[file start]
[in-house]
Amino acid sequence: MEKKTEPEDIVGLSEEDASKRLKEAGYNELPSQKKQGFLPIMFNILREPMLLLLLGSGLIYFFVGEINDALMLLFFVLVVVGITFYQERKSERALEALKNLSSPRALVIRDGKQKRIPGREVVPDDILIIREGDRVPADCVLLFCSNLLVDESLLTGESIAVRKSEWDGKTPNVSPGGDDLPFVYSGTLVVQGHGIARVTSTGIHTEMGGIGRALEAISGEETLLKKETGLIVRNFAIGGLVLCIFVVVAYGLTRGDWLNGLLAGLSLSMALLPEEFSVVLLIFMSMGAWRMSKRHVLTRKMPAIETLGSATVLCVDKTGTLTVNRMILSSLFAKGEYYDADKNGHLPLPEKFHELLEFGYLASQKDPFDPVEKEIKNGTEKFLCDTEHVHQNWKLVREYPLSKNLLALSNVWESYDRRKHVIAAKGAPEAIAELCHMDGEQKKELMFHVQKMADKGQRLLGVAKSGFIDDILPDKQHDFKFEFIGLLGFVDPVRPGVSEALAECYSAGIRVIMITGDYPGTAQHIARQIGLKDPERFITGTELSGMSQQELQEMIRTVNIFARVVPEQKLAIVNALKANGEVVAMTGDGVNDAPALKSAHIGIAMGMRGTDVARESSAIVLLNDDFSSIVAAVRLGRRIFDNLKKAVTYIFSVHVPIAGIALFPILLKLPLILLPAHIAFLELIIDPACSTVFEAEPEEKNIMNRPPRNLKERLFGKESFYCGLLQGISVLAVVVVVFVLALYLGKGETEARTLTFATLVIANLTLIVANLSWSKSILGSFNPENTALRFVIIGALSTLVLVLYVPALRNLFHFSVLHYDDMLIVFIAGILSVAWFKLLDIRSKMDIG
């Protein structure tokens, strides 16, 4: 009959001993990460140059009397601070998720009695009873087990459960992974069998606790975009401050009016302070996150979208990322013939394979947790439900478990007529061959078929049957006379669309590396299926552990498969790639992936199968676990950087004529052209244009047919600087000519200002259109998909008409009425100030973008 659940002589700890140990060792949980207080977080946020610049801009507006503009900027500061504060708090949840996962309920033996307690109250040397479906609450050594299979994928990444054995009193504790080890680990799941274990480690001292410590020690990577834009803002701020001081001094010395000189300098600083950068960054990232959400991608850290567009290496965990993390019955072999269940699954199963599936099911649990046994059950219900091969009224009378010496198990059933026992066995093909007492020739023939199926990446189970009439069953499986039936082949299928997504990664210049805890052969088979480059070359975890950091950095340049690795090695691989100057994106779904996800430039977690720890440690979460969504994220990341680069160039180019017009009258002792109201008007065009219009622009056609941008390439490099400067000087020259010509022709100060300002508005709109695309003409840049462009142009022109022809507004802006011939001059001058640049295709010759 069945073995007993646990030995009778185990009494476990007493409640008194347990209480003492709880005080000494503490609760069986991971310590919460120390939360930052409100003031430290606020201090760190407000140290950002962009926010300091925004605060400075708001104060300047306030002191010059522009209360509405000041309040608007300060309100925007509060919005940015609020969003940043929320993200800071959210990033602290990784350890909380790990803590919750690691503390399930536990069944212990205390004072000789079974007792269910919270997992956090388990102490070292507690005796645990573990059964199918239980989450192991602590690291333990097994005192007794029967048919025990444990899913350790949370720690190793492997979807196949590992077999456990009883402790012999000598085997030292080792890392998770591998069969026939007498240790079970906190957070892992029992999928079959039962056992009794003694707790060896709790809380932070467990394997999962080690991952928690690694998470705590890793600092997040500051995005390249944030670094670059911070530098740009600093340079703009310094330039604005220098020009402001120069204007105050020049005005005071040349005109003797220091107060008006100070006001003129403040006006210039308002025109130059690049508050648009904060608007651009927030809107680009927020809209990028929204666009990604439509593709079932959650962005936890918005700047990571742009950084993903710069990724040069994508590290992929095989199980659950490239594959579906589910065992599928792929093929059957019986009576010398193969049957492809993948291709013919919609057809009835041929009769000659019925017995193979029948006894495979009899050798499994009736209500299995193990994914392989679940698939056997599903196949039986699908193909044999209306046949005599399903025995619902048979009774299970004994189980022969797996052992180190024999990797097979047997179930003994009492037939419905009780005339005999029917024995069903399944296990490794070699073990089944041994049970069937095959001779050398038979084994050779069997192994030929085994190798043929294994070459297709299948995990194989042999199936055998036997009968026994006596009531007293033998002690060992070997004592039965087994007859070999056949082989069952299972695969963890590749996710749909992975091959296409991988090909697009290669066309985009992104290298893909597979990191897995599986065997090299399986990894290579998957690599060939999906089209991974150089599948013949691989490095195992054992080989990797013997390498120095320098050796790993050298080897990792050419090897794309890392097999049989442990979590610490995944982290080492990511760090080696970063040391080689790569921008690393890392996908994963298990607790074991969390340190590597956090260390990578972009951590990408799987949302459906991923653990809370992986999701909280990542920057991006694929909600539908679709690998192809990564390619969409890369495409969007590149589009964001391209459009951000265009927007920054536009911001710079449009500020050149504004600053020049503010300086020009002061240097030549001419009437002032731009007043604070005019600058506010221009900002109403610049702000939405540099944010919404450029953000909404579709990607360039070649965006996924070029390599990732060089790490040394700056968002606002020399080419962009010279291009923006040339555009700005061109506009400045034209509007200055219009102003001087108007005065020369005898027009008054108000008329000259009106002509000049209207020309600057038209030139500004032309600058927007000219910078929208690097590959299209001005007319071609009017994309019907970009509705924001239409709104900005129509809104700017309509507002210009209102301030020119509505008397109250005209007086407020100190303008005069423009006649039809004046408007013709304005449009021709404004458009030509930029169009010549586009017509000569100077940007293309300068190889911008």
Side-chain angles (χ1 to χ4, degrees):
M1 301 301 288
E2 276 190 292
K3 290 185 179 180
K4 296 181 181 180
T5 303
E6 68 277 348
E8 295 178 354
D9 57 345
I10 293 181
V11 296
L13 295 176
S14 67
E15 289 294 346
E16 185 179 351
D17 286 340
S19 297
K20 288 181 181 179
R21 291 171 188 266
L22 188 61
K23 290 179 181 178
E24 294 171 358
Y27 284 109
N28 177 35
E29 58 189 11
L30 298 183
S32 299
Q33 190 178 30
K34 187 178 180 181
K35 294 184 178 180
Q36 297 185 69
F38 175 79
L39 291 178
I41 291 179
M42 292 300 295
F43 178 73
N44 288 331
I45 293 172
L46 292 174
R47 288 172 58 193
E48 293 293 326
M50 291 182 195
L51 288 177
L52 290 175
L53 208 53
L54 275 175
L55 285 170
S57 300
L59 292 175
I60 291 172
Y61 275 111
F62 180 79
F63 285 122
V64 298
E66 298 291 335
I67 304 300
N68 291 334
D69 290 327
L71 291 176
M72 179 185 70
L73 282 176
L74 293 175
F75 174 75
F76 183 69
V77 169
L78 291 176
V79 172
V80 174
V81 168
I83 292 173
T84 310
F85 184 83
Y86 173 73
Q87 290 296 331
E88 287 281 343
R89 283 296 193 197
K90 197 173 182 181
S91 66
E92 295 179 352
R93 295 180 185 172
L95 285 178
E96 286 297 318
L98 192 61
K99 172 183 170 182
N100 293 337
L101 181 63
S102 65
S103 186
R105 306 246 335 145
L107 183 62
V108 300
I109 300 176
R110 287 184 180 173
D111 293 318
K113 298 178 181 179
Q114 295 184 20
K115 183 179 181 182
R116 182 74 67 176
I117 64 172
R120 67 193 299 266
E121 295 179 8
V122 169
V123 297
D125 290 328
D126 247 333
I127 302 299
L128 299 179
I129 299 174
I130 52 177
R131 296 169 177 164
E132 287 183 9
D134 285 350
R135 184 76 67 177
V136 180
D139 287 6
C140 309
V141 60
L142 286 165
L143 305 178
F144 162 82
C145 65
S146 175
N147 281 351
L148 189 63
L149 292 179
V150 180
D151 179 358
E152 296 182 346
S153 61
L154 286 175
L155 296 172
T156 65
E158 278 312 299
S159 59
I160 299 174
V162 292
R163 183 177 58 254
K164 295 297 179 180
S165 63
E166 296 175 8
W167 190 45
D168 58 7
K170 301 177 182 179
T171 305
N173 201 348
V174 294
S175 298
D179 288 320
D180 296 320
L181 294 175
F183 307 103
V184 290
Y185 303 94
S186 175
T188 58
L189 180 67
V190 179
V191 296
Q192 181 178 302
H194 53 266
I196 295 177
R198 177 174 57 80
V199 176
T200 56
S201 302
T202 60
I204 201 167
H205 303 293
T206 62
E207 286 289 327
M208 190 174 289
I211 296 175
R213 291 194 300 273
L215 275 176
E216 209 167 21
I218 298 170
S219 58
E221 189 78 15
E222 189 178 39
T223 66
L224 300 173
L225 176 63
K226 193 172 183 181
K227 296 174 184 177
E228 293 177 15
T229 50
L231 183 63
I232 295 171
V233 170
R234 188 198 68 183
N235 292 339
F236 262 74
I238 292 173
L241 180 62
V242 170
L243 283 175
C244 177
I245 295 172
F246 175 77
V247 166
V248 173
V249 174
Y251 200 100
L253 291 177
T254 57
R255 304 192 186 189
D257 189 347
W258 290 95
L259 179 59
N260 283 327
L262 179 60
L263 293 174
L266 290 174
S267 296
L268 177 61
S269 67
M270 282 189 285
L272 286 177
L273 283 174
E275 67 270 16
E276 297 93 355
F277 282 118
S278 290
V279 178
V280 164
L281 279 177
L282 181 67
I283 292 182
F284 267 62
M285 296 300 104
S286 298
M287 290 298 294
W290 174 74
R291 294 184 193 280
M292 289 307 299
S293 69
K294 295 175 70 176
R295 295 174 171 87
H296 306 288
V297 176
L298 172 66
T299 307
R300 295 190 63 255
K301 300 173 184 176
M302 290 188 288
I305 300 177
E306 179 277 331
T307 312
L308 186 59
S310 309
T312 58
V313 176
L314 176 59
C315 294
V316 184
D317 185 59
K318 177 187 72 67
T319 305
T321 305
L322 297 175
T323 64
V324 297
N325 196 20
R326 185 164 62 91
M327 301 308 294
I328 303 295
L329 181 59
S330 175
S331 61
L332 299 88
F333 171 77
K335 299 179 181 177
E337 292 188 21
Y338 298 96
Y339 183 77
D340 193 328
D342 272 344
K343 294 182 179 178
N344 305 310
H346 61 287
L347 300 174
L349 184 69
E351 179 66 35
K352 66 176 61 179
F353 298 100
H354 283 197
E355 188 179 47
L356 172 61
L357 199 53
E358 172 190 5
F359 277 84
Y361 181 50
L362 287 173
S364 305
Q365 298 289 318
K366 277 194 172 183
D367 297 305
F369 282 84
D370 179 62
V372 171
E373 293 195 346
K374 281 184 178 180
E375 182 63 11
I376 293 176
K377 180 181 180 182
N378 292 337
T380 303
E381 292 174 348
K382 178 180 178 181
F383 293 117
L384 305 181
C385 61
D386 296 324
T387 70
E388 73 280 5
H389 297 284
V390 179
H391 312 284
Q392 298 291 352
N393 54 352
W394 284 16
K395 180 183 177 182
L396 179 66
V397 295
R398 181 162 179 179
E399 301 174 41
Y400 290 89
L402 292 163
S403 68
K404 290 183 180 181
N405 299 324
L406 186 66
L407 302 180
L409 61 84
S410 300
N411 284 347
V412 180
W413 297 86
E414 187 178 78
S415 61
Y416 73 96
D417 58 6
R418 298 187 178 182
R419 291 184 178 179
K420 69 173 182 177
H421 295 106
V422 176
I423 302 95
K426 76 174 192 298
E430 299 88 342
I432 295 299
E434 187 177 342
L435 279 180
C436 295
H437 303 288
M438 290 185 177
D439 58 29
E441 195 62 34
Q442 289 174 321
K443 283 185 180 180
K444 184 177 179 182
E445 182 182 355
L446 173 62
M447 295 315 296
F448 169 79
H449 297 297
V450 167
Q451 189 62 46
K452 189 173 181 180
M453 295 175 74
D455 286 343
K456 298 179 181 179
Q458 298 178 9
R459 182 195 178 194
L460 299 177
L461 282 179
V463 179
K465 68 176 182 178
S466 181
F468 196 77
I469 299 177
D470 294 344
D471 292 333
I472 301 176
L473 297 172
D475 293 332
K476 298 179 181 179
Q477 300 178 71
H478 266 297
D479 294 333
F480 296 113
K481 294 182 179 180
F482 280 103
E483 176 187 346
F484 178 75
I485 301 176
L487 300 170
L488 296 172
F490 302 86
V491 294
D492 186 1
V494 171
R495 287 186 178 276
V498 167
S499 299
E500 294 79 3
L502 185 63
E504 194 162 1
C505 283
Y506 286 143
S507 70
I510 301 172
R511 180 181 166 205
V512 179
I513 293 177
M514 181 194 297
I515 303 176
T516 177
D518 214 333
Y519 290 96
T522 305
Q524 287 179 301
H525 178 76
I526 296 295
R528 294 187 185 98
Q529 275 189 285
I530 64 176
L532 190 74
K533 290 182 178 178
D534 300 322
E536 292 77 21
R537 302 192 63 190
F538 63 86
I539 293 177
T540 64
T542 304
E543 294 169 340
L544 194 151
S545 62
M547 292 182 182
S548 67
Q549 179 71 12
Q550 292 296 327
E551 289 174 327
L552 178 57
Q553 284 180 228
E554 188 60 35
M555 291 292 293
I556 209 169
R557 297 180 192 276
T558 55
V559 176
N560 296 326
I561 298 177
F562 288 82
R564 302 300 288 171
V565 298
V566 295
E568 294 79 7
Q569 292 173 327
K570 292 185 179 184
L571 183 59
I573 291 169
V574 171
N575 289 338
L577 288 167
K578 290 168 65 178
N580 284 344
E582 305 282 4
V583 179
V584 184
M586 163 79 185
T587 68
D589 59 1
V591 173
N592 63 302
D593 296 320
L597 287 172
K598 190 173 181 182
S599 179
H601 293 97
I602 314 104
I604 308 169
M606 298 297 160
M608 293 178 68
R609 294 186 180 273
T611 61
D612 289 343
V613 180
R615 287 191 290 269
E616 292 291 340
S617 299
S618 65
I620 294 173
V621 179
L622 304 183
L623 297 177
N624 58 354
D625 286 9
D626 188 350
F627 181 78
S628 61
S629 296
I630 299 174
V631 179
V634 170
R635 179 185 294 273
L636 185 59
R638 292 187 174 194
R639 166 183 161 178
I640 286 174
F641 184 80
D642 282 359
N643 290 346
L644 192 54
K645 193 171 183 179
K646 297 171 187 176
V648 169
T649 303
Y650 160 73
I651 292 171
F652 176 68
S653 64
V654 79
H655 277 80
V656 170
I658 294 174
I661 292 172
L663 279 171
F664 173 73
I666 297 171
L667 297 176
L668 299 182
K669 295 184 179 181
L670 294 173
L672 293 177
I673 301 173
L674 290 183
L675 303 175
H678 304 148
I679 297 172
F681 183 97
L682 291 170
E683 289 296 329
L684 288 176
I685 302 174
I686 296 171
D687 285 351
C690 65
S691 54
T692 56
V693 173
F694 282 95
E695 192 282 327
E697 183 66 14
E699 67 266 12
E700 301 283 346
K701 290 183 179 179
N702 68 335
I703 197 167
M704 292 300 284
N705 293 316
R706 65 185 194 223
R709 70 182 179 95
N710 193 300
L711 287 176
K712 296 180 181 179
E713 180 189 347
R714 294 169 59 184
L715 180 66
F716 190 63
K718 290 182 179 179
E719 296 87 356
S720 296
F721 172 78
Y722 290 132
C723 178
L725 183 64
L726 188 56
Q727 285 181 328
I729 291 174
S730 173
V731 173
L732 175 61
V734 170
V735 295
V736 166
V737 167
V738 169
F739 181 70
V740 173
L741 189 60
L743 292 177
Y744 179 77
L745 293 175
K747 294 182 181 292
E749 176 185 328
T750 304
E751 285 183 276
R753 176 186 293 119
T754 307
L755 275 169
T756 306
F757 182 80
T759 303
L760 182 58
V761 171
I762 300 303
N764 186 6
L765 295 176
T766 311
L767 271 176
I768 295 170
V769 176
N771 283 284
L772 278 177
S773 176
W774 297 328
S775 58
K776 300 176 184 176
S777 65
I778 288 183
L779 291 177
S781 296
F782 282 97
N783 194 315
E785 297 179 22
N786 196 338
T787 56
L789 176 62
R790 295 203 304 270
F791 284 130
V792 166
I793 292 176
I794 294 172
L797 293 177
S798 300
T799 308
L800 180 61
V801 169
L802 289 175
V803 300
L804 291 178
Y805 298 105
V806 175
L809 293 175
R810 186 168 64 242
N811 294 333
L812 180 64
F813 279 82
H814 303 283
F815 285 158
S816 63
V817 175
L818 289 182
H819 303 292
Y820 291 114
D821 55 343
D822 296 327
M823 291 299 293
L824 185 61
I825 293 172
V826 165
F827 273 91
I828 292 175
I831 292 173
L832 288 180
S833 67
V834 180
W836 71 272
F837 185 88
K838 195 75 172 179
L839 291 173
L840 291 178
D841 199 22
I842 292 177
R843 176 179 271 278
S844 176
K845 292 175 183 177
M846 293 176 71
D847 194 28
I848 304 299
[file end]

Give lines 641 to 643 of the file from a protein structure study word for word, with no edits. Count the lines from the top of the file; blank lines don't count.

T799 308
L800 180 61
V801 169